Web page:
• "I don't think there is any inherent incentive for most researchers to publish more than they do." .. or would like to. I think many researchers would like to publish quite a bit more, if just they had the time and other resources available. – O. R. Mapper Nov 22 '18 at 20:58
  • Thanks, @Buffy and O.R.Mapper, is there any standard way to determine by beforehand if a journal is fine with you if you decide to release your code on the Internet? I am asking because it may exist some conflict of interest if your code is also used to generate the figures included in the paper. – JFonseca Nov 23 '18 at 14:32
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My question is, what are the incentives (if there is any) for this group of people to release their code on the internet if they are not looking to exploit it commercially? Is reproducible research something that they can use to improve their chances to get a job in academia or an R&D department in the industry?

Whether independent or not, the incentives for publishing your software code and/or data resources are:

  • Some conferences/workshops encourage the submission of papers devoted to new code/resources (i.e. a quite easy publication).
  • Assuming your code/resources can be found, gain popularity and are useful to the community, you can get a lot of citations: every time somebody uses them, they will refer any paper you ask them to cite (this must be clearly stated in the license info).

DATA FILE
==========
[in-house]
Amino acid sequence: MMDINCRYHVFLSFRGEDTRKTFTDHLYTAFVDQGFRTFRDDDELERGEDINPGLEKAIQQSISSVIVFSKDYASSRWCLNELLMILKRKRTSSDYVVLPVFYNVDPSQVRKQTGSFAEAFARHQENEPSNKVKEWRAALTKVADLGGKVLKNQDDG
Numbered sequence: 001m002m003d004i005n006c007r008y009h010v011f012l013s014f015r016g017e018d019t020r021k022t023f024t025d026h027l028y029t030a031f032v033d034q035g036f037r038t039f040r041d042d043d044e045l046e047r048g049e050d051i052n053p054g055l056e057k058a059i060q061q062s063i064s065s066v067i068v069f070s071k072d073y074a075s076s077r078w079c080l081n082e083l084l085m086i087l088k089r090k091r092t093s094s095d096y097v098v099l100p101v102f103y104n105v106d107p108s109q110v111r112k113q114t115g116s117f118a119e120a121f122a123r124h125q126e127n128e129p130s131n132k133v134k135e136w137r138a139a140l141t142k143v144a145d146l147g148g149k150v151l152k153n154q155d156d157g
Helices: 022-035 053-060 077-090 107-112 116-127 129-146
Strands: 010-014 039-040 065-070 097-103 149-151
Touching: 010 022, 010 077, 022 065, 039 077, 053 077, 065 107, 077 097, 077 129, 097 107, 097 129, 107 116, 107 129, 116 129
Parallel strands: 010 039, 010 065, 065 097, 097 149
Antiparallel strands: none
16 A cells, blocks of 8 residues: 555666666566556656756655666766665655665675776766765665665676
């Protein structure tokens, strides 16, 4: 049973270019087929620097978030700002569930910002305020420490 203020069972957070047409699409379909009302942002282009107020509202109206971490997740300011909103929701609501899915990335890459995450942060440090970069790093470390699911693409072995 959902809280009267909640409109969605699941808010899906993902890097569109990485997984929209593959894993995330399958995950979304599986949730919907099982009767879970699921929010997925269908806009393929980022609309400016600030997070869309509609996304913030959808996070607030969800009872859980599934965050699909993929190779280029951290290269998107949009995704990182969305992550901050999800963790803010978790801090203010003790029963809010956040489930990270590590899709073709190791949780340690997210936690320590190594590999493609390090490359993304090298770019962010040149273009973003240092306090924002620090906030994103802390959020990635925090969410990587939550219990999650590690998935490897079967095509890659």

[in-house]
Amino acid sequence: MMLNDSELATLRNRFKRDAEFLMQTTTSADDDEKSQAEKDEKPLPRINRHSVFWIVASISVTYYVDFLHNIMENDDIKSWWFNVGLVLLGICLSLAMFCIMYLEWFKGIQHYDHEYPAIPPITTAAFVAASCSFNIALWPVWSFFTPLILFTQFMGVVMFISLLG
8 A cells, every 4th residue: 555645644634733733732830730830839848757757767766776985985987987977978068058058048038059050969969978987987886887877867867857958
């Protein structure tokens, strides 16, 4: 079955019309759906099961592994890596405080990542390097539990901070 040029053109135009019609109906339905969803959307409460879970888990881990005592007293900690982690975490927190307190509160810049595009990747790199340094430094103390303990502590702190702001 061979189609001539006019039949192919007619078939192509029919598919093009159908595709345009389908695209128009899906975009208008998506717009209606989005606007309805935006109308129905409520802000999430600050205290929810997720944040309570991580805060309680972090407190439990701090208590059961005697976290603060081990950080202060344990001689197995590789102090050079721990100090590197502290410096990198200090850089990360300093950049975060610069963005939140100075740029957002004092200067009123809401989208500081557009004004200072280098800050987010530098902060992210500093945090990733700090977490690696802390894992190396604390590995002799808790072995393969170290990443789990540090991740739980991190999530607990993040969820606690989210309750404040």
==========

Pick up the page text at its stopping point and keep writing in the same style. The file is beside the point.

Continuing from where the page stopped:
• Mentions of your open-source software / open-access datasets in your CV are seen positively in the academic community (for the reasons that you mention), so it increases your chances to get an academic job. It can also be seen as a showcase of your skills when applying in the industry.

So overall yes, it does strengthen your research profile.

However it can take a lot of time: polishing the code, writing some clear documentation, maintaining the software, etc. So there is a trade-off between devoting time to this or to other research activities. I assume that this question is especially important if you are an independent researcher.

Edit following OP's comment: for independent researchers it can be a good way to keep in touch with the research community, especially if you don't have the time or financial resources to go to conferences.

Disclaimer: my field is Natural Language Processing, which involves Machine Learning with unstructured data. Results often vary depending on the dataset and the exact experimental setup, and reproducing an experiment can take a lot of time. Thus reproducibility is a major issue in the field and open access resources are strongly encouraged.

  • Thanks @Erwan! It is also a way to keep in touch with the researching community (when your job and career do not match) and receive valuable feedback to improve your contributions. – JFonseca Nov 23 '18 at 3:25
  • Good point, I'll add it to my answer. – Erwan Nov 23 '18 at 18:36